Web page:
All email pertaining to the SmartVoice Project should be professional, free of errors, and provide brief communication. Email should be distributed to the correct project participants in accordance with the communication matrix above based on its content. All attachments should be in one of the organization's standard software suite programs and adhere to established company formats. If the email is to bring an issue forward then it should discuss what the issue is, provide a brief background on the issue, and provide a recommendation to correct the issue. The Project Manager should be included on any email pertaining to the SmartVoice Project.

Informal Communications:
While informal communication is a part of every project and is necessary for successful project completion, any issues, concerns, or updates that arise from informal discussion between team members must be communicated to the Project Manager so the appropriate action may be taken.

Cost Management Plan

The Cost Management Plan clearly defines how the costs on a project will be managed throughout the project's lifecycle. It sets the format and standards by which the project costs are measured, reported, and controlled. Working within the cost management guidelines is imperative for all project team members to ensure successful completion of the project. These guidelines may include which level of the WBS cost accounts will be created in and the establishment of acceptable variances. The Cost Management Plan:

  • Identifies who is responsible for managing costs
  • Identifies who has the authority to approve changes to the project or its budget
  • How cost performance is quantitatively measured and reported upon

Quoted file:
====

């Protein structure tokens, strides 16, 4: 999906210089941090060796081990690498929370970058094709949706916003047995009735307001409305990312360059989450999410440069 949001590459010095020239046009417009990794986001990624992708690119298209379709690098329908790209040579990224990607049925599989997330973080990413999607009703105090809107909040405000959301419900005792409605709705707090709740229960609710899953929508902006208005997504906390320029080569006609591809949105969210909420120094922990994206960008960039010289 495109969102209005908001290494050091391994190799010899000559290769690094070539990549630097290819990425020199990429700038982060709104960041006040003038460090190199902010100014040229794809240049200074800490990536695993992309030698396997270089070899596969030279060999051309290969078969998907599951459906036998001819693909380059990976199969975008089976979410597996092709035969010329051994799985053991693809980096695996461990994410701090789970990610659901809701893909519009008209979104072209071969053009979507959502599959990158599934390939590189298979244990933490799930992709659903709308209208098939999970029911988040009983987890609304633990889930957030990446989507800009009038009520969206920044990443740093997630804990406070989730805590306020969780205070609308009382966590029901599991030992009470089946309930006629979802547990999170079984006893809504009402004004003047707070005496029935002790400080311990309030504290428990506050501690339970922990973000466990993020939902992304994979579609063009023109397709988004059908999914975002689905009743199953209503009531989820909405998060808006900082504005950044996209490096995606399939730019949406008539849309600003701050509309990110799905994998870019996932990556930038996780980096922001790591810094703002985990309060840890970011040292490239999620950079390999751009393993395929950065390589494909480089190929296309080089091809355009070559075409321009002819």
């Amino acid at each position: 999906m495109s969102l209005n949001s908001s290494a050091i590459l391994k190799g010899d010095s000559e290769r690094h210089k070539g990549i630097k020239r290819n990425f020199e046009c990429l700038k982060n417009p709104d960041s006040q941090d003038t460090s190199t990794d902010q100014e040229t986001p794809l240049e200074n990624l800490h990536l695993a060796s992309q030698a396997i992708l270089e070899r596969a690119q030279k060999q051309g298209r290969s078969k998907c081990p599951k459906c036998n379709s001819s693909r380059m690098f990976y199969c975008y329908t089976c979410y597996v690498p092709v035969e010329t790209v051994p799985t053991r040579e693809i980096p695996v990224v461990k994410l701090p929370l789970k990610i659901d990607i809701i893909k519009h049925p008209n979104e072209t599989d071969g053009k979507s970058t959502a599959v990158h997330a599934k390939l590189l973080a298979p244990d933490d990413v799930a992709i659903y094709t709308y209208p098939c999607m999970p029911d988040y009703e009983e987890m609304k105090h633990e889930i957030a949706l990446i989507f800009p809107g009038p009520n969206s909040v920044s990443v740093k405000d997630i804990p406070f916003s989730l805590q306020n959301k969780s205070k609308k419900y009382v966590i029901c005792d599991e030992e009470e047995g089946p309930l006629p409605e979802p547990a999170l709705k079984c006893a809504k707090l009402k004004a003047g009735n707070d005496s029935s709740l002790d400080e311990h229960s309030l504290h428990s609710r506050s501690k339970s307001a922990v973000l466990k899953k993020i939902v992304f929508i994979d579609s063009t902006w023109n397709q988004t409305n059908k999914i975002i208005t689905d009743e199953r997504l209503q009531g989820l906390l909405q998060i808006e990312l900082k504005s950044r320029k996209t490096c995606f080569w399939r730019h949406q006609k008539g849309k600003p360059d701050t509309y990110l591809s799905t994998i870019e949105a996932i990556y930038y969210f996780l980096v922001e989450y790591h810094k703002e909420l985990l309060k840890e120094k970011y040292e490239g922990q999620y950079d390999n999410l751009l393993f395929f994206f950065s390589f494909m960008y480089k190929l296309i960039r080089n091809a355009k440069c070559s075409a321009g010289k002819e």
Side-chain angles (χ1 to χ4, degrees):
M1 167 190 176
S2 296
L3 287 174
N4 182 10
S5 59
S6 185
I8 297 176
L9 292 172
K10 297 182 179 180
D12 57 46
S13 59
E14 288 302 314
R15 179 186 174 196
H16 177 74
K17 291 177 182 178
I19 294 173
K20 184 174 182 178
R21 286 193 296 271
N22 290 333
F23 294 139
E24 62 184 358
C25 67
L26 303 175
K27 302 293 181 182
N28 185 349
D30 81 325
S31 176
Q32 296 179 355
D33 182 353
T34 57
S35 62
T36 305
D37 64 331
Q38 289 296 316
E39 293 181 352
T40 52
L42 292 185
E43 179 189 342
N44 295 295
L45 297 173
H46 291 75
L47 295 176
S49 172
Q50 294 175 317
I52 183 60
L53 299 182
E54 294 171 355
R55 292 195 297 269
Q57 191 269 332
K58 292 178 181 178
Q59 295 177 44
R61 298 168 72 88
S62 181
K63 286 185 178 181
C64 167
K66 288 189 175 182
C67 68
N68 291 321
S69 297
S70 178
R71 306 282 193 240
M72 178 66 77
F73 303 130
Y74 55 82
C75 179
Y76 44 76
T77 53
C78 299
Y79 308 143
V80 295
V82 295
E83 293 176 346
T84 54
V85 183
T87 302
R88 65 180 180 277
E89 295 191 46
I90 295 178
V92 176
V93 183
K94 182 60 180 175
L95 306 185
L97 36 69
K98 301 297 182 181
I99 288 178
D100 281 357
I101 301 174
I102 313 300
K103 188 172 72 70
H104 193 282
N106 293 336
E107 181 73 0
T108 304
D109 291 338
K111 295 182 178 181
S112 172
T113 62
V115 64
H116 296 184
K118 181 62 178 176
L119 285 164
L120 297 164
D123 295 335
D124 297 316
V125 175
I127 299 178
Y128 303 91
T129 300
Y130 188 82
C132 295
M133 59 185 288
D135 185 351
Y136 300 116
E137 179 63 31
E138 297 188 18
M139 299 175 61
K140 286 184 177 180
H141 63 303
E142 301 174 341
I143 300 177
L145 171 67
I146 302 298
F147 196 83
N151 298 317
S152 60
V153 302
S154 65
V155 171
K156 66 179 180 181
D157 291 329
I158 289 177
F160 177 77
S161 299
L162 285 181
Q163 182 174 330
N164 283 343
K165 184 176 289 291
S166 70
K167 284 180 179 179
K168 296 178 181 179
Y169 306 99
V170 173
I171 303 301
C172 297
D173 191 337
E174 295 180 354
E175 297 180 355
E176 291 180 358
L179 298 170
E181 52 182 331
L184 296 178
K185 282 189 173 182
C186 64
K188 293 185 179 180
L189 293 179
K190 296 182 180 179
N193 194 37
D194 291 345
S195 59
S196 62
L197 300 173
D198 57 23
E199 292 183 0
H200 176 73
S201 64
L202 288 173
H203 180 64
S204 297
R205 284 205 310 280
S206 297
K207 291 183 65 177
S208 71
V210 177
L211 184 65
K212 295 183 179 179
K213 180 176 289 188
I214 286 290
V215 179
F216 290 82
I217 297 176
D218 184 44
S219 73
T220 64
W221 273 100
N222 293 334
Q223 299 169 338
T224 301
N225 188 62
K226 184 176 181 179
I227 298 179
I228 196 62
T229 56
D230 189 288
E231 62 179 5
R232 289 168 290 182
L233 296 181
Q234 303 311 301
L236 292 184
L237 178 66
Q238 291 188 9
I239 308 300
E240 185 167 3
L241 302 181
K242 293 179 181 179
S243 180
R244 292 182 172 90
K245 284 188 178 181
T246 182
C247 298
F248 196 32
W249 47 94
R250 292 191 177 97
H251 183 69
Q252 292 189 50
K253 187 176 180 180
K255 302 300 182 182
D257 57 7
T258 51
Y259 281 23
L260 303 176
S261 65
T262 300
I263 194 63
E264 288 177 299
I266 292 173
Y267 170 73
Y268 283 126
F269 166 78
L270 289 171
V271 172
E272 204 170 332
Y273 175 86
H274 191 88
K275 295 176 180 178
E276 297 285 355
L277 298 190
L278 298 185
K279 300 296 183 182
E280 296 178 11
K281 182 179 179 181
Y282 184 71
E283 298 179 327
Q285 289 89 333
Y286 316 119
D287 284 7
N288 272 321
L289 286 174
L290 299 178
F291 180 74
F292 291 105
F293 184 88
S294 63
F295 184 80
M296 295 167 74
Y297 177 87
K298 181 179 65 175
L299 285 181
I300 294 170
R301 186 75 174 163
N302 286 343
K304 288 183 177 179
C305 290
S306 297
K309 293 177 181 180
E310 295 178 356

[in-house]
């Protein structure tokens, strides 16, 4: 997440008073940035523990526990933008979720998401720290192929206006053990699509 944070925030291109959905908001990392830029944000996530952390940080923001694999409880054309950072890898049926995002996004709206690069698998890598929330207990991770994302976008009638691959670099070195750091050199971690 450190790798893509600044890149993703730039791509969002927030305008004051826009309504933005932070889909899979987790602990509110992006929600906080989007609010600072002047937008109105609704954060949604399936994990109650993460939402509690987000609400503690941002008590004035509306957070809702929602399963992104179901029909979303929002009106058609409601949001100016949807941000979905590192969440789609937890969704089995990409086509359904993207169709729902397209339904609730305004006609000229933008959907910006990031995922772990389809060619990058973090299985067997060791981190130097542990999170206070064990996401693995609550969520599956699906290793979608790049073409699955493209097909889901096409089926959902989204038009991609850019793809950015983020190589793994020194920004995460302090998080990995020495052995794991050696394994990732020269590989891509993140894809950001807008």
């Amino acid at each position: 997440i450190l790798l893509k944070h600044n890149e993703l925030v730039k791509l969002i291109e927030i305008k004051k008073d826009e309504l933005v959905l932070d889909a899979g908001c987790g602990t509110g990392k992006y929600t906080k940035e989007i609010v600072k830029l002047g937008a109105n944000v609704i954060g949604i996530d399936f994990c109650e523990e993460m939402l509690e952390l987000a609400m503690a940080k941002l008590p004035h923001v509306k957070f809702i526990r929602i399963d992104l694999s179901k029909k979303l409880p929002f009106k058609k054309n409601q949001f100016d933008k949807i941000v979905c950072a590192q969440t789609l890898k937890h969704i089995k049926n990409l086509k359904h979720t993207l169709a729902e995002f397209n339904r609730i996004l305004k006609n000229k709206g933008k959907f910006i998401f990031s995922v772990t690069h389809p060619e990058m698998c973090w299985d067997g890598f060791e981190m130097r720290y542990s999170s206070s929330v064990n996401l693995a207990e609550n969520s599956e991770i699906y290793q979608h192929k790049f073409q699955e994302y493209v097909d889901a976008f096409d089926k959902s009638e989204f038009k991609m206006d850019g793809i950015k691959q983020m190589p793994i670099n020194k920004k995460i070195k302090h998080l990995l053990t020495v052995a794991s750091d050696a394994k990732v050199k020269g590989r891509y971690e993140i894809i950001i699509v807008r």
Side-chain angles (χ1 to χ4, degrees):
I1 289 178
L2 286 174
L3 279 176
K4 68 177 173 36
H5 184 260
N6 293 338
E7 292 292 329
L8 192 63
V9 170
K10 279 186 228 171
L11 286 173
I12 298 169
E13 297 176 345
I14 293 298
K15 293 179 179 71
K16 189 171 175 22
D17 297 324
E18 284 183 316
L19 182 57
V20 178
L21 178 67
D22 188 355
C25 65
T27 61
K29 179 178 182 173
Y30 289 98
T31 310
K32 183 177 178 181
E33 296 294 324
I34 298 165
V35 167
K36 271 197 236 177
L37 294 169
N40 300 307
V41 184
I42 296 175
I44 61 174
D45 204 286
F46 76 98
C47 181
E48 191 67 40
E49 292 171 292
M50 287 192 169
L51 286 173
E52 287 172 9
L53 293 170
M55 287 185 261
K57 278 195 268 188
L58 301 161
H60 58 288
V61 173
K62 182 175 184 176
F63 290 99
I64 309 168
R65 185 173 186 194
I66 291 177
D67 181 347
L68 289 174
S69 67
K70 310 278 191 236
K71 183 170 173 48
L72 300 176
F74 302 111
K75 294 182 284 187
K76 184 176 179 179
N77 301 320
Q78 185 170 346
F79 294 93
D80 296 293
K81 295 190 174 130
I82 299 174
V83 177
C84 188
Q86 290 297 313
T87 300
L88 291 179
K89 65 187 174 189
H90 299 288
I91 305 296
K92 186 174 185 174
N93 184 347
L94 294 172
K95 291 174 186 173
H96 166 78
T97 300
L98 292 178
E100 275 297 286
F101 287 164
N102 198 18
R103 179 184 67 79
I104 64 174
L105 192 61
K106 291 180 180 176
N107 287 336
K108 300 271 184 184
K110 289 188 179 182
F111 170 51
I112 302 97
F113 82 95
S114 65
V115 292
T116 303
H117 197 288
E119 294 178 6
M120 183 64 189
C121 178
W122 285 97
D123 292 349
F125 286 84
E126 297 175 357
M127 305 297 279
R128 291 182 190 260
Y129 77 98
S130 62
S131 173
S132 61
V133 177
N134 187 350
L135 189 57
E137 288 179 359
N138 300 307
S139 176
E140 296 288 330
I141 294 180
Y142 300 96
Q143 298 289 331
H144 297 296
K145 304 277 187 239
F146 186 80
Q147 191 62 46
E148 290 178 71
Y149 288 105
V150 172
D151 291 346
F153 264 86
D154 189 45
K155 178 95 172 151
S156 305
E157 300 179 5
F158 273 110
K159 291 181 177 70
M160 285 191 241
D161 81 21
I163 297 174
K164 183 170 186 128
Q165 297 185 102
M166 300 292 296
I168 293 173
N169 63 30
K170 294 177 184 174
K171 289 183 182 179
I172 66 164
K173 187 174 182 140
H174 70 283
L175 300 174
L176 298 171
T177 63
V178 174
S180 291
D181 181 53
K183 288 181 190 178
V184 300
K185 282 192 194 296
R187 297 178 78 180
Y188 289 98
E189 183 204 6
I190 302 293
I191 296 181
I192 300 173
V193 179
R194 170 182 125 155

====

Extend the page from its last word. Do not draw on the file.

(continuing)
• Report formats, frequency and to whom they are presented

For complex or large projects the Cost Management Plan may be included as an appendix to the Project Plan or as a separate, stand-alone document. In addition to this project plan template we have a detailed Cost Management Plan Template available on our website.

The Project Manager will be responsible for managing and reporting on the project's cost throughout the duration of the project. The Project Manager will present and review the project's cost performance during the monthly project status meeting. Using earned value calculations, the Project Manager is responsible for accounting for cost deviations and presenting the Project Sponsor with options for getting the project back on budget. All budget authority and decisions, to include budget changes, reside with the SmartVoice Project Sponsor.

For the SmartVoice Project, control accounts will be created at the fourth level of the WBS which is where all costs and performance will be managed and tracked. Financial performance of the SmartVoice Project will be measured through earned value calculations pertaining to the project's cost accounts. Work started on work packages will grant that work package with 50% credit; whereas, the remaining 50% is credited upon completion of all work defined in that work package. Costs may be rounded to the nearest dollar and work hours rounded to the nearest whole hour.

Cost and Schedule Performance Index ( CPI and SPI respectively) will be reported on a monthly basis by the Project Manager to the Project Sponsor. Variances of 10% or +/- 0.1 in the cost and schedule performance indexes will change the status of the cost to yellow or cautionary. These will be reported and if it's determined that there is no or minimal impact on the project's cost or schedule baseline then there may be no action required. Cost variances of 20%, or +/- 0.2 in the cost and schedule performance indexes will change the status of the cost to red or critical. These will be reported and require corrective action from the Project Manager in order to bring the cost and/or schedule performance indexes back in line with the allowable variance. Any corrective actions will require a project change request and be must approved by the CCB before it can be implemented.